growing pumpkins

Pumpkin Crop, 2018

My beautiful garden hums along. The tomatoes are ripening slowly, but they’re delicious as we pluck them from the vine. The self-seeded pumpkin vines have produced five pumpkins so far. Two are small, about the size of a cantaloupe with two more suitable for carving. I had one pumpkin fully ripen, then almost immediately soften. More seeds for next year’s garden I guess.  Most of my pots are now planted with succulents. Unlike me, they tolerate hot, dry conditions. I learned a trick to better watering, too. I place ice cubes on the soil’s surface and let them melt, slowly watering the plants. This way I don’t have any runoff, since the plants dry out between watering. It’s working well.

There you have it.

What’s happening in your world this summer/winter of 2018?

Families Belong Together

KeepFamiliesTogether

Art: Sandie Sonke

#FamiliesBelongTogether

It’s such a clever hashtag, one that if you weren’t in the know might evoke thoughts of summer picnics, trips to the beach or as a way to tag your 4th of July, Independence Day photos.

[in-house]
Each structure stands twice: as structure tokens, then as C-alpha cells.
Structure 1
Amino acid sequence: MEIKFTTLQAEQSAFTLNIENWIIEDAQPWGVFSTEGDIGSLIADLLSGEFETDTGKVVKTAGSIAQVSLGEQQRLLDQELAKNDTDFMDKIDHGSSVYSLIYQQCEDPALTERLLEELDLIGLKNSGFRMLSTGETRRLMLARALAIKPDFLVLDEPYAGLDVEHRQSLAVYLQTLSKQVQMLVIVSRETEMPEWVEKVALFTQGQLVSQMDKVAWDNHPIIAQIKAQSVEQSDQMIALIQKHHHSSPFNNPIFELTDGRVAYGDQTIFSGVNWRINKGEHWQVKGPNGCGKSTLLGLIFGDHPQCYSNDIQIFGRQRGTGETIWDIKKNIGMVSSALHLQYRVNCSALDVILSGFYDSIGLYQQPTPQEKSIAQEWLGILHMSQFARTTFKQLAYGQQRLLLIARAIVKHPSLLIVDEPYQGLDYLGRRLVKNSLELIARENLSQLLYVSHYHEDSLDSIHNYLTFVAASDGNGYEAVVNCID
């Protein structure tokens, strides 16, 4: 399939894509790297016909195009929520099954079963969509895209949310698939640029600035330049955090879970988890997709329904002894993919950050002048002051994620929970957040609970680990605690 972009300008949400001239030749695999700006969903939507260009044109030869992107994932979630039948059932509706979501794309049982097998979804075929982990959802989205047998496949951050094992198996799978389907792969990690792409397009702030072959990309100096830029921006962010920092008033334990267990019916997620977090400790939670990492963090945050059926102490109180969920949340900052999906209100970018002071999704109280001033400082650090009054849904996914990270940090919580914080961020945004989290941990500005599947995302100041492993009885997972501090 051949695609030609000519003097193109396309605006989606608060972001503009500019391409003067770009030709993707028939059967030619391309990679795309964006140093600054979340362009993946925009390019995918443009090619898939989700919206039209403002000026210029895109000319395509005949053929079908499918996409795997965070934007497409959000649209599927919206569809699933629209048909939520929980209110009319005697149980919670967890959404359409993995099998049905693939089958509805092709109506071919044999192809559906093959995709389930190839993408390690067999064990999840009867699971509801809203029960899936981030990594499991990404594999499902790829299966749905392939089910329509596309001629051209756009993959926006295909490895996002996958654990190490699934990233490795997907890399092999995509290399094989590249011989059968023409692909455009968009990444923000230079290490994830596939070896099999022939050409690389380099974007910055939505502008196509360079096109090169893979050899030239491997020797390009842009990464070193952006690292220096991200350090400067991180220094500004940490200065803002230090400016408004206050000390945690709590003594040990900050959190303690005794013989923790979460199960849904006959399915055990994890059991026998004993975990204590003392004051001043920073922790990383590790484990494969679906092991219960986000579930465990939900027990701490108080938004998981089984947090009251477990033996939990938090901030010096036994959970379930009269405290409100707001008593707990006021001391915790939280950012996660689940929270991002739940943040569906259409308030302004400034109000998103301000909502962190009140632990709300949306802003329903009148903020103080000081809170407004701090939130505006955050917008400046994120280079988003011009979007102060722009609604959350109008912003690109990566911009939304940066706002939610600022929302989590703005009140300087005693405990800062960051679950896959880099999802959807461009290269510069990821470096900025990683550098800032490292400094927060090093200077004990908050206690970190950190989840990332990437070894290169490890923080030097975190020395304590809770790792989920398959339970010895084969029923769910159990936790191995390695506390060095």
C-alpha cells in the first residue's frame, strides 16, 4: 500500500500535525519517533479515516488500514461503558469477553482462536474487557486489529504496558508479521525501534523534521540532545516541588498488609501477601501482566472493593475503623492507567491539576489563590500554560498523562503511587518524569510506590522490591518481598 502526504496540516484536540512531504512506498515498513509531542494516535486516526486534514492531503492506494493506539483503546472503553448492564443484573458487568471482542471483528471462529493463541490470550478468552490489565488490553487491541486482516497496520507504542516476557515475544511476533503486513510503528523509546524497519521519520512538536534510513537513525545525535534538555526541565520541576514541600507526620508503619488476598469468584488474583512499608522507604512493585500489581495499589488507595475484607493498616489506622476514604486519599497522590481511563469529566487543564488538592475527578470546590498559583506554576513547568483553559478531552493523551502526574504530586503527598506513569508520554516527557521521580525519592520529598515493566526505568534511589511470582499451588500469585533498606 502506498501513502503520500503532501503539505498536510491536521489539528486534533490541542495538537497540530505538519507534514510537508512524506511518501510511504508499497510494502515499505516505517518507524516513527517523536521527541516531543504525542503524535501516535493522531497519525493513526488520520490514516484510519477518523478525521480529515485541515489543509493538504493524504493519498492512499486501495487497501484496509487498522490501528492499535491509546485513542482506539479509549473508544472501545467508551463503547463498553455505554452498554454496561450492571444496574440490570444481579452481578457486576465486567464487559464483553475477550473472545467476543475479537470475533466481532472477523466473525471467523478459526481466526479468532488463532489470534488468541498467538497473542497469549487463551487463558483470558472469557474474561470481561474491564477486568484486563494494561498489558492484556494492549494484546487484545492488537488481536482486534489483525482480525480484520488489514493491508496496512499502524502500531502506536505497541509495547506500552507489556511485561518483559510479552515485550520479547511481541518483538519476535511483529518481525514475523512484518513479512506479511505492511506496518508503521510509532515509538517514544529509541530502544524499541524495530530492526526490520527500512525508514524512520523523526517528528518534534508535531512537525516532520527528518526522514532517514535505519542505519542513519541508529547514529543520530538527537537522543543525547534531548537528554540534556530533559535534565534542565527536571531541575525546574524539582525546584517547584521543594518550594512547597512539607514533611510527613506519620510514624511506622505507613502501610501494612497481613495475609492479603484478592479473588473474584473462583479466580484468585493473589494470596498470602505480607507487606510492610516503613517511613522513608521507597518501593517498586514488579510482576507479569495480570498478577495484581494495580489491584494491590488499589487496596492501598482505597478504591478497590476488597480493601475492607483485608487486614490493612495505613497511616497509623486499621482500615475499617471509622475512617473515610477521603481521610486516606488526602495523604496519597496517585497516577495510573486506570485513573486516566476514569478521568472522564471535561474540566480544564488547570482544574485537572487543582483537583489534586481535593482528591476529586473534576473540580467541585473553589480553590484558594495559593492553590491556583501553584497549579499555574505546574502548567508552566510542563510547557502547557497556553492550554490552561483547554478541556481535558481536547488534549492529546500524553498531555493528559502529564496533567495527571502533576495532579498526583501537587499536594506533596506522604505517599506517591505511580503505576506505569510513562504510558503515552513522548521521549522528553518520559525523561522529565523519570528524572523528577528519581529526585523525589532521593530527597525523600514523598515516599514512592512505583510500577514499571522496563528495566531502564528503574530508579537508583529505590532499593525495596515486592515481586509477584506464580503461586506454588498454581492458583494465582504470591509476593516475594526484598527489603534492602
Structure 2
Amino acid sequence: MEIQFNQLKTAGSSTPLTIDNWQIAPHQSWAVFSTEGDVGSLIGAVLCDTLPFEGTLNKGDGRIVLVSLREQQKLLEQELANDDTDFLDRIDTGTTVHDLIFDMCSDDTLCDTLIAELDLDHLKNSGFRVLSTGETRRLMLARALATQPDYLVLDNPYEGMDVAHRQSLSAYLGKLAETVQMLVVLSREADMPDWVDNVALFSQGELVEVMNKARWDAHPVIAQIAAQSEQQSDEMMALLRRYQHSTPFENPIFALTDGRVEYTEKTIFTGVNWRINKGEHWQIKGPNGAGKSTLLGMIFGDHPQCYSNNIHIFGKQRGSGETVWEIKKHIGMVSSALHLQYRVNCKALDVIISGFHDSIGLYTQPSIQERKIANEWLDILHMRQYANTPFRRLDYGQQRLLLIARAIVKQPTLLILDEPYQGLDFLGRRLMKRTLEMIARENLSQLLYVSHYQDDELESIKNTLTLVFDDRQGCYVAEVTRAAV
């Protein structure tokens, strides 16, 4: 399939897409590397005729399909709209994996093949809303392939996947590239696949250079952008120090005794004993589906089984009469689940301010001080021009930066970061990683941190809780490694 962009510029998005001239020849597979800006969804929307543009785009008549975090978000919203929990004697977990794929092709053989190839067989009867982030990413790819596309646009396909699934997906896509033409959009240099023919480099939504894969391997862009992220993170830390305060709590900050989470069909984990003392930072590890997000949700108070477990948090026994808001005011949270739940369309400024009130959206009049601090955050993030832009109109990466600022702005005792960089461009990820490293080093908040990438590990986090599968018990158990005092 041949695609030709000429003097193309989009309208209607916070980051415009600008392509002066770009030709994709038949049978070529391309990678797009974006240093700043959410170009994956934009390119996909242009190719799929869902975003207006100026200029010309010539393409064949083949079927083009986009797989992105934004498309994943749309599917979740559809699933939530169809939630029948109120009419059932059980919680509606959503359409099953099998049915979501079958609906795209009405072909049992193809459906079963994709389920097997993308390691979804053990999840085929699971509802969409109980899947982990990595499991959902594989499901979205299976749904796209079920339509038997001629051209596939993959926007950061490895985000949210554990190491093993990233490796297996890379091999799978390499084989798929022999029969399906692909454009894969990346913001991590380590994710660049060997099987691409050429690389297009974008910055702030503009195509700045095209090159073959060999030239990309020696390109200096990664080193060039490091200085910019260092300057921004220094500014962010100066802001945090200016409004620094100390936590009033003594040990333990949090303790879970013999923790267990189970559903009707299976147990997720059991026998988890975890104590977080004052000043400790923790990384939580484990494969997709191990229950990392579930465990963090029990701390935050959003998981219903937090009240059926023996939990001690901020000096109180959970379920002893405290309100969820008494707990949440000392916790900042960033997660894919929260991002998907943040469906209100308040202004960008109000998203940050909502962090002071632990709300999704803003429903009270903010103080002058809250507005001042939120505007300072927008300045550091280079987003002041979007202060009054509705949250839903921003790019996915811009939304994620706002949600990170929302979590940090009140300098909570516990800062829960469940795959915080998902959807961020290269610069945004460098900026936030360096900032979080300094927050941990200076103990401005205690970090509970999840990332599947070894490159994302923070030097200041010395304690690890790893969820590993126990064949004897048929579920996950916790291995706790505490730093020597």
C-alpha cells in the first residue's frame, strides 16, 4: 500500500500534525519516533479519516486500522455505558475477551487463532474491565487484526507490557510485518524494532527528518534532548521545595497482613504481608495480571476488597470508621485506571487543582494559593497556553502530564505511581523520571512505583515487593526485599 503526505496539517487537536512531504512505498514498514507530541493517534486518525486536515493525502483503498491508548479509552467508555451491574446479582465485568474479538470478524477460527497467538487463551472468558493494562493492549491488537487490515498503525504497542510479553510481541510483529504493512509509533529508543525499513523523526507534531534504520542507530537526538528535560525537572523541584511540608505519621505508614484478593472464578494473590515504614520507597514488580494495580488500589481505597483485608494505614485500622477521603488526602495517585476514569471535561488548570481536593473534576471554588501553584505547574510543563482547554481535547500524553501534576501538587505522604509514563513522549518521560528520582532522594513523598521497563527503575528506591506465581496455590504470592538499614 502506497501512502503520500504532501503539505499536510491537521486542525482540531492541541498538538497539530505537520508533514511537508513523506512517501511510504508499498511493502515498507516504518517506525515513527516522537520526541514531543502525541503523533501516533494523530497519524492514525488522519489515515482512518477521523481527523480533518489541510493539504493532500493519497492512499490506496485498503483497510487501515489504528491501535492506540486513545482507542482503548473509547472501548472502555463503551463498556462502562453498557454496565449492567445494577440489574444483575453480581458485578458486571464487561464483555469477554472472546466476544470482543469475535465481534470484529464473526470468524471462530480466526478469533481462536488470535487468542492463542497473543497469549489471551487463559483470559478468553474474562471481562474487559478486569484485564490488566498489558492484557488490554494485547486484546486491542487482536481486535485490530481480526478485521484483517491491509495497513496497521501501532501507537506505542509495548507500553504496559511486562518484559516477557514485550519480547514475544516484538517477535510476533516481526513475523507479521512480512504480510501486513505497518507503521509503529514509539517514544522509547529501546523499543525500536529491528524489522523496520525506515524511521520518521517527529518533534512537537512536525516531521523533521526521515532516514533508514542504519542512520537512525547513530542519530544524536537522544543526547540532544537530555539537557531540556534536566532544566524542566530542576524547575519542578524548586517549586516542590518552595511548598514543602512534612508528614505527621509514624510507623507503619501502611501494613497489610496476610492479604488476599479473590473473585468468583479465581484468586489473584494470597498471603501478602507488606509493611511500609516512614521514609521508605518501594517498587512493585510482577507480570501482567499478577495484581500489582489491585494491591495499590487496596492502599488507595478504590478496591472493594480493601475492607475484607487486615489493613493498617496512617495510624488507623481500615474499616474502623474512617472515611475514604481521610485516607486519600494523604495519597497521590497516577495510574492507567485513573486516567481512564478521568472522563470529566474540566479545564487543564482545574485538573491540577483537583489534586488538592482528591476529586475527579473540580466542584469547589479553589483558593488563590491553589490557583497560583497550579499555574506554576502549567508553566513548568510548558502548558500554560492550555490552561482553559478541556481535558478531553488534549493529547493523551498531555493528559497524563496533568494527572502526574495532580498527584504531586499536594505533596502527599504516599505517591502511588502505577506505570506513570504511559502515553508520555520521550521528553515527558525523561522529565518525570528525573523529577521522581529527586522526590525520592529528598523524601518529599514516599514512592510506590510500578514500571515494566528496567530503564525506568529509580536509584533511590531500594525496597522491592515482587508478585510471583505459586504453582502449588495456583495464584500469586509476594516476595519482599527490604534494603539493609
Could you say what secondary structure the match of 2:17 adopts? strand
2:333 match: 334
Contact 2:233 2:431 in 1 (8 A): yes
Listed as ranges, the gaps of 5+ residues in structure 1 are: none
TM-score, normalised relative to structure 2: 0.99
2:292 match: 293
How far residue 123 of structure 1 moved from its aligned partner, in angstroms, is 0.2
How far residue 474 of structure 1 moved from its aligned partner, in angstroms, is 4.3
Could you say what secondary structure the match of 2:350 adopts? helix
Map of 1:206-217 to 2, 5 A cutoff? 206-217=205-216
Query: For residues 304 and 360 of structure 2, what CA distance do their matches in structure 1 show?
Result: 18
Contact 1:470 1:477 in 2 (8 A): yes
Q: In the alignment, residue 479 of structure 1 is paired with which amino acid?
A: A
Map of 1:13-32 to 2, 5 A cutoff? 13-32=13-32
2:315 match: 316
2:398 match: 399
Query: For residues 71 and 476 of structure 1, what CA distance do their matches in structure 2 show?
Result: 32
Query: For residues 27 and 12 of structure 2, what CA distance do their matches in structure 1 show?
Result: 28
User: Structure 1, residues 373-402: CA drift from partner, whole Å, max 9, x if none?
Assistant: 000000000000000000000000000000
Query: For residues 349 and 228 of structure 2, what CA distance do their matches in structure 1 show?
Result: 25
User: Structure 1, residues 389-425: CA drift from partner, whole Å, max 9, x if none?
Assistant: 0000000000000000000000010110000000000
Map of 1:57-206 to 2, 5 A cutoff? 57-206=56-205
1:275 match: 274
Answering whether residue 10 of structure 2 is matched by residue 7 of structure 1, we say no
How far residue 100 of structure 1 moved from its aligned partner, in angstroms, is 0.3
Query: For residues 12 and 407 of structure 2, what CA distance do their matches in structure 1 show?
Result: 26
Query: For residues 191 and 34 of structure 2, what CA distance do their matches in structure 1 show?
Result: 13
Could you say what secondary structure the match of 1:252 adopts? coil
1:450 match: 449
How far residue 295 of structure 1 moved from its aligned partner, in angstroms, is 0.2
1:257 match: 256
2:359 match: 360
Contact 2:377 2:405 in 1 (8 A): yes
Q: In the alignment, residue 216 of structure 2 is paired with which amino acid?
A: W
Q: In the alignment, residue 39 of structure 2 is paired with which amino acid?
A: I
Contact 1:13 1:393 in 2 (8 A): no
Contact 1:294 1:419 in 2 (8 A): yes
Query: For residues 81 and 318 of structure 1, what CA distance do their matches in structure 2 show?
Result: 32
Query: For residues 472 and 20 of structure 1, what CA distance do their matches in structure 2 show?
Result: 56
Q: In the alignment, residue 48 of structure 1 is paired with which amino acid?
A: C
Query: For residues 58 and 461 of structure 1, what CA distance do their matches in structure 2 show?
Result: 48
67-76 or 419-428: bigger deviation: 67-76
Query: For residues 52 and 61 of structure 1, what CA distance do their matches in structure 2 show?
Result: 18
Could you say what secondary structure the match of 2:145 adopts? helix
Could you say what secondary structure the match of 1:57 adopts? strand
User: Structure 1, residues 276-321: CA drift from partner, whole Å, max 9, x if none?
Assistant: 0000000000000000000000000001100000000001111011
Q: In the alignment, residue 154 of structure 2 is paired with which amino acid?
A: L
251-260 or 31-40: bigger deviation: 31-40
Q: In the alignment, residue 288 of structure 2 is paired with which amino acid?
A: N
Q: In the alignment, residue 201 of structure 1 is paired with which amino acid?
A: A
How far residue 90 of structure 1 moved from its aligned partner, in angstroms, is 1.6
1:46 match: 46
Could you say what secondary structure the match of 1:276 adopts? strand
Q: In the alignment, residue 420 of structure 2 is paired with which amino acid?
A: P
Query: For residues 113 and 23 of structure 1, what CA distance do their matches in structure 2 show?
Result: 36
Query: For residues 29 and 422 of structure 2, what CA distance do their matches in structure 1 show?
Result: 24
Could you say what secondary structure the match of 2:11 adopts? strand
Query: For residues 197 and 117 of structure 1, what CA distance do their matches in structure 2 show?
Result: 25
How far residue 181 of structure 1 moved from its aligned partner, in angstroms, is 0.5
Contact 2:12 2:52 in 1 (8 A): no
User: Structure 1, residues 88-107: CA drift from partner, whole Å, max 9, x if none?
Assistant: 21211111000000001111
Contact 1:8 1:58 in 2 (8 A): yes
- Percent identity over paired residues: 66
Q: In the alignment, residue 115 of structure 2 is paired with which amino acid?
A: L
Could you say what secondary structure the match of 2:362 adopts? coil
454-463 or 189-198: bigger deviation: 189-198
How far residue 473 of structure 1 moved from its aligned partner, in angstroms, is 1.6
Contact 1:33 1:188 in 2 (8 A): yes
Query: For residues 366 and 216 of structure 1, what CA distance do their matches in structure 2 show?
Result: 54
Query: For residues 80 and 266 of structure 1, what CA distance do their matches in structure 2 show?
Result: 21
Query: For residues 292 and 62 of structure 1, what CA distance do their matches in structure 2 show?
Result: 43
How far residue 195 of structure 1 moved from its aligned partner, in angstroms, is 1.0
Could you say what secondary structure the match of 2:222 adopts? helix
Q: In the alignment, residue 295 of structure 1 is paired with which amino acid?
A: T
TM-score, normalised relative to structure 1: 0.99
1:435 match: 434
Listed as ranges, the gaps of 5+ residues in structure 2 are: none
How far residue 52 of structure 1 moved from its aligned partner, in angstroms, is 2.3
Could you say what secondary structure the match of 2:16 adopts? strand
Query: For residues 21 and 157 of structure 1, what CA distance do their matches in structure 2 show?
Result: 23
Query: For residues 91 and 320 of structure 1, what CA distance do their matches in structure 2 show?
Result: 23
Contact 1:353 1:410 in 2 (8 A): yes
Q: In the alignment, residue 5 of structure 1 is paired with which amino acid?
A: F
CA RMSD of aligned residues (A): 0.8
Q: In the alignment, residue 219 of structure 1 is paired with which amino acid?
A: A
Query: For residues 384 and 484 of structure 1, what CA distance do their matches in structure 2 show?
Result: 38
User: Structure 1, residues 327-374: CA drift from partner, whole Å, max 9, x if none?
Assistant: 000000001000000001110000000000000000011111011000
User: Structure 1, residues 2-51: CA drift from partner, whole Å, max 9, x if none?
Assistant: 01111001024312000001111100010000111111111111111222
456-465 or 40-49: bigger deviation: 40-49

Instead, Families Belong Together is a response to the current administration’s desire to stop immigrants from crossing our southern border. Instead of compelling Congress to act on a comprehensive immigration bill, the administration has implemented what’s known as a “zero-tolerance policy” of arresting anyone crossing the border without papers. Many of these border crossings are families seeking refuge from violence and political unrest. Some have traveled for up to a month with young children, looking for a better life.

This Administration’s response: Arrest the parents, then immediately separate *families* from their children.

Let that settle in.

Las Familias Merecen Estar Unidas